So, despite the uptick in macro noise, the keys to this market remain earnings and momentum. And while both have shown signs of weakness (earnings growth may have peaked and multiple measures of momentum are showing signs of fatigue), the bottom line is we are not getting materially more defensive in portfolios yet.
So, we continue to advocate "stagnation" positions as preferred destinations for capital: Healthcare via XLV/IHF/IBB, super-cap tech via FDN (if you're bullish, buying this dip is worth consideration), Europe via HEDJ/EZU, defensive sectors such as utilities (XLU), consumer staples (XLP) and emerging markets (IEMG).
During last week's Sevens Report webinar, I answered a question that basically asked what would tell me when a top was in, and my answer was this: A true momentum breakdown (so a drop in SOXX and FDN to new lows), and evidence earnings have peaked. Neither has occurred yet, so this rally must be respected.
Finally, given low volumes and liquidity, we need to be wary of "air pockets" in the market such as the one we saw in August 2015. Buying out-of-the-money puts, if you want protection, is not the worst idea between now and Labor Day. Think of it as cheap insurance against a surprise air pocket in the coming weeks.
Economic Data (What You Need to Know in Plain English)
Need to Know Econ from Last Week
There were some puts and takes from the economic data last week, but in aggregate it didn't change the outlook for the US economy (still slow but steady growth) or the Fed (balance sheet reduction in September, a rate hike in December dependent on inflation).
I say puts and takes, because there were some decent economic reports last week, starting with a strong Retail Sales report. July retail sales beat estimates on both the headline (up 0.6% vs. 0.3%) and in the more important "Control Group" (retail sales ex-autos, gas and building materials), which rose 0.6% vs. (E) 0.4%, and saw a positive revision to June data.
That was a legitimate uptick in activity and an economic positive, although it remains to be seen whether that strength in consumer spending can be sustained past back-to-school and summer-vacation season.
The other highlights from last week were the August manufacturing surveys. August Empire Manufacturing surged to 25.2 vs. (E) 9.8 while Philly Fed Manufacturing also beat estimates at 18.9 vs. (E) 17.0. To boot, New Orders were strong in both reports (20.6 for Empire and 20.4 in Philly).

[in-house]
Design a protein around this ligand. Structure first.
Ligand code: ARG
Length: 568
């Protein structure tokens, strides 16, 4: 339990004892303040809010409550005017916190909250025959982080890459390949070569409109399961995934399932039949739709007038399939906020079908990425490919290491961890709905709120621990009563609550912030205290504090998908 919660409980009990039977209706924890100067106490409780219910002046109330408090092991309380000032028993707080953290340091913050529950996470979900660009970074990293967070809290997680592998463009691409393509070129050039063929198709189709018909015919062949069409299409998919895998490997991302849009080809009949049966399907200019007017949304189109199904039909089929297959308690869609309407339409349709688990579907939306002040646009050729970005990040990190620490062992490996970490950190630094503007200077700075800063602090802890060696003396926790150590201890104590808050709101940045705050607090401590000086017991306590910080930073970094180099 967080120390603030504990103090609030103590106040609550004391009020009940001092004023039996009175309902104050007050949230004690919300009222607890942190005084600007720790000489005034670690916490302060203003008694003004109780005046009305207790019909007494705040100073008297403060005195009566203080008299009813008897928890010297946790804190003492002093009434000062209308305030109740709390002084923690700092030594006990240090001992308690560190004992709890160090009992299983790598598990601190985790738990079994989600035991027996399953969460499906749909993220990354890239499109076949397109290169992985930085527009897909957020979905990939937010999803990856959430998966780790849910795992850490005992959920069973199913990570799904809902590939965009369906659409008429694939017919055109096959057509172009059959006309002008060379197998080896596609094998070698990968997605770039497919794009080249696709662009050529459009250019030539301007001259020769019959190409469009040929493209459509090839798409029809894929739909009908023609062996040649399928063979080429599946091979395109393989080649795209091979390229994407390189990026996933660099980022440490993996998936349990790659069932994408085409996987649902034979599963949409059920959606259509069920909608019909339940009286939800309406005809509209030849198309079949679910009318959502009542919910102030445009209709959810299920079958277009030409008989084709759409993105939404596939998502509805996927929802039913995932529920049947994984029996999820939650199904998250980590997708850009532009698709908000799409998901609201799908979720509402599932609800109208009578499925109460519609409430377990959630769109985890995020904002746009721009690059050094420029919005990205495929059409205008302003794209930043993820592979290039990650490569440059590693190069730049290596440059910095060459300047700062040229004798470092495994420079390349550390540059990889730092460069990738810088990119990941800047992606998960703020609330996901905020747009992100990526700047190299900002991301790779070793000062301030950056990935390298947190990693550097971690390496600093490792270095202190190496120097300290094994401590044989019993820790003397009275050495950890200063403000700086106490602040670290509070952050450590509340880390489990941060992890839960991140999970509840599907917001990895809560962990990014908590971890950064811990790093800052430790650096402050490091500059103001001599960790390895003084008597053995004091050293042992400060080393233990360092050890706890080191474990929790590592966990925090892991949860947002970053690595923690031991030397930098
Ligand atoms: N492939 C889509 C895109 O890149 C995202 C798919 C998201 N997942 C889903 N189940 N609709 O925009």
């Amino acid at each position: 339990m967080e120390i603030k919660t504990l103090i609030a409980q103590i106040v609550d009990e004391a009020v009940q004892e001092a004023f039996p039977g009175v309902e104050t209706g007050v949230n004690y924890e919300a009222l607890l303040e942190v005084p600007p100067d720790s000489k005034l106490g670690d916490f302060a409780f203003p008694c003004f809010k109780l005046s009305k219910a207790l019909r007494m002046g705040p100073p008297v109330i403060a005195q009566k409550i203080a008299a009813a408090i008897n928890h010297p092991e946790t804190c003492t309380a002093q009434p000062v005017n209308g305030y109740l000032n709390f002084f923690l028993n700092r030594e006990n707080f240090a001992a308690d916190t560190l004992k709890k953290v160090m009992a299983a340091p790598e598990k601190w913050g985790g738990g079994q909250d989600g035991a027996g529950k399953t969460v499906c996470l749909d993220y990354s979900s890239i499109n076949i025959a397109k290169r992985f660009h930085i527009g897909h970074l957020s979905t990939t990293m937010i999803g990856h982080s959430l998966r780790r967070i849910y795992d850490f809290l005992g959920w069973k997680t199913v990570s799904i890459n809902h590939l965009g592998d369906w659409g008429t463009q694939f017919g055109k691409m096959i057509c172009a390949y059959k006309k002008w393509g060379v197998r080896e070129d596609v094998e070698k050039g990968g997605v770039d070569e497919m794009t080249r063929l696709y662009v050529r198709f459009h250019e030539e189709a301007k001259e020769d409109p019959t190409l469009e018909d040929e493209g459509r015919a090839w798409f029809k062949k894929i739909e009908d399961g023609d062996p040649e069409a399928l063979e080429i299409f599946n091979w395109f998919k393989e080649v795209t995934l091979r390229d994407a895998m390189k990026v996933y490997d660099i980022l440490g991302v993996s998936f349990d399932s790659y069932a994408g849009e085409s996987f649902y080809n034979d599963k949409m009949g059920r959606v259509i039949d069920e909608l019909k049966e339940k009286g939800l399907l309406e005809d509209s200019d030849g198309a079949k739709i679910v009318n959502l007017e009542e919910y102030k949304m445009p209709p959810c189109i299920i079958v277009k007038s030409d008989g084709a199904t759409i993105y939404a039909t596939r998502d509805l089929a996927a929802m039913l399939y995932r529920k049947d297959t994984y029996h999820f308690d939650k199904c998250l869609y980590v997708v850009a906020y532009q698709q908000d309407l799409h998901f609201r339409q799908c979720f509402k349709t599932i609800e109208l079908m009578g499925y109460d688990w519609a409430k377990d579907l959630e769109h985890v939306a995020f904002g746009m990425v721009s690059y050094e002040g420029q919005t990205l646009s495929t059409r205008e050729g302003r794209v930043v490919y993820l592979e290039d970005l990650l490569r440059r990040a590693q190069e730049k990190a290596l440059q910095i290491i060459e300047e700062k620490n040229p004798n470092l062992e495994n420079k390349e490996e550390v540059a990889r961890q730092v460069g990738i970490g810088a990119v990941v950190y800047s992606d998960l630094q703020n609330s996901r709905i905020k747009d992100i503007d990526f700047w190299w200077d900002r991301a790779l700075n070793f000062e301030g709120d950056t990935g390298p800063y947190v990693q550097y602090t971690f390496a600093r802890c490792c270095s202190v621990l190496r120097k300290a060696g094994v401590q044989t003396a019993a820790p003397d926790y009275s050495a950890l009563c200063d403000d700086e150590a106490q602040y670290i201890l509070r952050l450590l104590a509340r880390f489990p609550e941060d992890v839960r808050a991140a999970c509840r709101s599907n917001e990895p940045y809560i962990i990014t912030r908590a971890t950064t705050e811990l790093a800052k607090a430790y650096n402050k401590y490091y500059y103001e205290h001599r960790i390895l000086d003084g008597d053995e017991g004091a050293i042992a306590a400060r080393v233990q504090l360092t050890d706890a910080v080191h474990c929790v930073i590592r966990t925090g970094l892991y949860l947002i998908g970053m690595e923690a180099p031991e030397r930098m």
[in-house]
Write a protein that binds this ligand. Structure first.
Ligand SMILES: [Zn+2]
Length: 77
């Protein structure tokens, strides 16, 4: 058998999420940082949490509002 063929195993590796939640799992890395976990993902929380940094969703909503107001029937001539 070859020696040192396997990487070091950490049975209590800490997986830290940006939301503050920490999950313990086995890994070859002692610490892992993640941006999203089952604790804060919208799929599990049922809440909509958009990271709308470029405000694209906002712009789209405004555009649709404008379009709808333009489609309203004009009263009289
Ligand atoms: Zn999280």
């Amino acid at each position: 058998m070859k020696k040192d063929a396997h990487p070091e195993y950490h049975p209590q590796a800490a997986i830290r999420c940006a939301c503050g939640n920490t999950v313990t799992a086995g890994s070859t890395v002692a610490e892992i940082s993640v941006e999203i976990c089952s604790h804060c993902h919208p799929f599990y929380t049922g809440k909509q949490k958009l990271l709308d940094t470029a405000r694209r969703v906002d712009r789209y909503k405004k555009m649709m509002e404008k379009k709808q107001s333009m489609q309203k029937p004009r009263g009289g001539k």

According to that type of data, we should see a big uptick in manufacturing activity in August, although I'll again caution that these are surveys. And, unfortunately, with the exception of retail sales, the other "hard" economic data didn't match these very strong survey results.
Specifically, July Industrial Production missed estimates, rising 0.2% vs. (E) 0.3%. But, more disconcertingly, the manufacturing subcomponent dropped -0.1% vs. (E) 0.2%. A lot of that decline was auto related, so it's not quite as bad as it appears.
But, the overarching takeaway from last week's data is that a wide gap remains between still-strong survey results (the PMIs) and actual, hard data (industrial production). We need that hard data to get consistently better if we have any hope of a rising economic tide carrying stocks higher for the rest of the year.
Turning to the Fed, the July meeting minutes were released last week, and while the market traded as though the minutes were slightly "dovish," the reality is that they were neither hawkish nor dovish. The minutes confirmed that the Fed will reduce the balance sheet in September, although a rate hike in December seems very much 50/50.
Bottom line, it wasn't a bad week for economic data, but we need evidence of economic acceleration to help push stocks higher, and that continues to be elusive.
Important Economic Data This Week
In aggregate, this is a quiet week for economic data (next week is the important week, as we get final global PMIs and the August jobs report), but there are still some potentially market-moving events to watch.
First, the Jackson Hole Policy Conference (i.e. conference/summer vacation) starts Thursday and runs through the weekend. The big names will be there: Draghi, Yellen, Carney, Fischer… but don't expect anything that will move markets. It's been made clear that Draghi doesn't want to drop any hints about tapering until the ECB meeting in September (basically three weeks away). With the Fed, we know what to expect… balance sheet reduction in September.
Looking past central bankers, the key economic report this week will be the global flash PMIs, out Thursday morning. Again, we're looking for the national PMI to match the strength we saw in Empire and Philly last week. If it does, that will be taken as an anecdotal positive. Internationally, there shouldn't be any big surprises in this number.
Beyond the flash PMIs, July Durable Goods (Friday) is an important report, because it will give us greater insight into the state of "hard" economic data. If Durable Goods shows an uptick in corporate spending/investment, that might put upward pressure on expected Q3 GDP, which would be equity positive.
Bottom line, this week's economic events should give more insight into the pace of the economy, but barring any big surprises, it's likely the calm before the "storm" of next week.
Commodities, Currencies & Bonds
In Commodities, the segment was volatile last week, as a late-Friday surge on the Bannon removal caused oil and commodities in aggregate to erase large weekly declines. The commodity ETF DBC rose 0.41% on the week.